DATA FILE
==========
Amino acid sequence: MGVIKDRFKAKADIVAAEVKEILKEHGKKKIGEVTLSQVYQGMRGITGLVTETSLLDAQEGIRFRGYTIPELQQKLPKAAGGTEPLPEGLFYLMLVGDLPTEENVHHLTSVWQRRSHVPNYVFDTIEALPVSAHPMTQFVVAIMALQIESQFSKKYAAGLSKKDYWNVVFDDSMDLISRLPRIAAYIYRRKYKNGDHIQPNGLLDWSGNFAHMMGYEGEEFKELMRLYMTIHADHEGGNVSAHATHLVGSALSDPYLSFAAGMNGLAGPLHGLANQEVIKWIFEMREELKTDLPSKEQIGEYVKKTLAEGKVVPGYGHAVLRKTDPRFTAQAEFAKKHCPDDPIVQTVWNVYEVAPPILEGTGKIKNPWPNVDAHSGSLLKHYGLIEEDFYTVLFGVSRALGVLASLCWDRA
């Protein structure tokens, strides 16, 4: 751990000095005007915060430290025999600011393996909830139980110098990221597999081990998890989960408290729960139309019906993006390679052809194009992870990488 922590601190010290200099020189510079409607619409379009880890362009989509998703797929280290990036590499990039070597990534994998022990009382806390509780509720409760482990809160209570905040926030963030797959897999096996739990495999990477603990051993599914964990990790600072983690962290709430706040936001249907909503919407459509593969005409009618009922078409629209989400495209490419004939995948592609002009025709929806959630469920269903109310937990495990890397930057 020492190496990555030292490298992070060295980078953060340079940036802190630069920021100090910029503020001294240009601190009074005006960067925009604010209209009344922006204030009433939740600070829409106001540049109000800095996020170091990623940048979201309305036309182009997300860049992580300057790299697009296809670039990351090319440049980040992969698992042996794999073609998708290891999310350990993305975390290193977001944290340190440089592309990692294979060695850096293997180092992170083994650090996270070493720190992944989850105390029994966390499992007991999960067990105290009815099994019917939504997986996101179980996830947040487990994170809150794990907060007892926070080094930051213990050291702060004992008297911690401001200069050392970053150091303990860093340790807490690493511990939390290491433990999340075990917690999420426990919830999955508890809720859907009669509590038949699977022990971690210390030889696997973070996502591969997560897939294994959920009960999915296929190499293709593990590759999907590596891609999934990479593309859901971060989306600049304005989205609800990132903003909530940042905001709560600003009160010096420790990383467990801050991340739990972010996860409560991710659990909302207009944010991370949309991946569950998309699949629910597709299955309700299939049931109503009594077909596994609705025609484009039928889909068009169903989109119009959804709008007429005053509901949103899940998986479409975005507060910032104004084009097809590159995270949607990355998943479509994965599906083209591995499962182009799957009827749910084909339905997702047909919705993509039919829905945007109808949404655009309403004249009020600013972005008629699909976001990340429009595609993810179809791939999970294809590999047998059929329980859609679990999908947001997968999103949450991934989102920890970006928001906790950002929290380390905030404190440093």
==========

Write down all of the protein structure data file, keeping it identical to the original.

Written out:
Amino acid sequence: MGVIKDRFKAKADIVAAEVKEILKEHGKKKIGEVTLSQVYQGMRGITGLVTETSLLDAQEGIRFRGYTIPELQQKLPKAAGGTEPLPEGLFYLMLVGDLPTEENVHHLTSVWQRRSHVPNYVFDTIEALPVSAHPMTQFVVAIMALQIESQFSKKYAAGLSKKDYWNVVFDDSMDLISRLPRIAAYIYRRKYKNGDHIQPNGLLDWSGNFAHMMGYEGEEFKELMRLYMTIHADHEGGNVSAHATHLVGSALSDPYLSFAAGMNGLAGPLHGLANQEVIKWIFEMREELKTDLPSKEQIGEYVKKTLAEGKVVPGYGHAVLRKTDPRFTAQAEFAKKHCPDDPIVQTVWNVYEVAPPILEGTGKIKNPWPNVDAHSGSLLKHYGLIEEDFYTVLFGVSRALGVLASLCWDRA
């Protein structure tokens, strides 16, 4: 751990000095005007915060430290025999600011393996909830139980110098990221597999081990998890989960408290729960139309019906993006390679052809194009992870990488 922590601190010290200099020189510079409607619409379009880890362009989509998703797929280290990036590499990039070597990534994998022990009382806390509780509720409760482990809160209570905040926030963030797959897999096996739990495999990477603990051993599914964990990790600072983690962290709430706040936001249907909503919407459509593969005409009618009922078409629209989400495209490419004939995948592609002009025709929806959630469920269903109310937990495990890397930057 020492190496990555030292490298992070060295980078953060340079940036802190630069920021100090910029503020001294240009601190009074005006960067925009604010209209009344922006204030009433939740600070829409106001540049109000800095996020170091990623940048979201309305036309182009997300860049992580300057790299697009296809670039990351090319440049980040992969698992042996794999073609998708290891999310350990993305975390290193977001944290340190440089592309990692294979060695850096293997180092992170083994650090996270070493720190992944989850105390029994966390499992007991999960067990105290009815099994019917939504997986996101179980996830947040487990994170809150794990907060007892926070080094930051213990050291702060004992008297911690401001200069050392970053150091303990860093340790807490690493511990939390290491433990999340075990917690999420426990919830999955508890809720859907009669509590038949699977022990971690210390030889696997973070996502591969997560897939294994959920009960999915296929190499293709593990590759999907590596891609999934990479593309859901971060989306600049304005989205609800990132903003909530940042905001709560600003009160010096420790990383467990801050991340739990972010996860409560991710659990909302207009944010991370949309991946569950998309699949629910597709299955309700299939049931109503009594077909596994609705025609484009039928889909068009169903989109119009959804709008007429005053509901949103899940998986479409975005507060910032104004084009097809590159995270949607990355998943479509994965599906083209591995499962182009799957009827749910084909339905997702047909919705993509039919829905945007109808949404655009309403004249009020600013972005008629699909976001990340429009595609993810179809791939999970294809590999047998059929329980859609679990999908947001997968999103949450991934989102920890970006928001906790950002929290380390905030404190440093």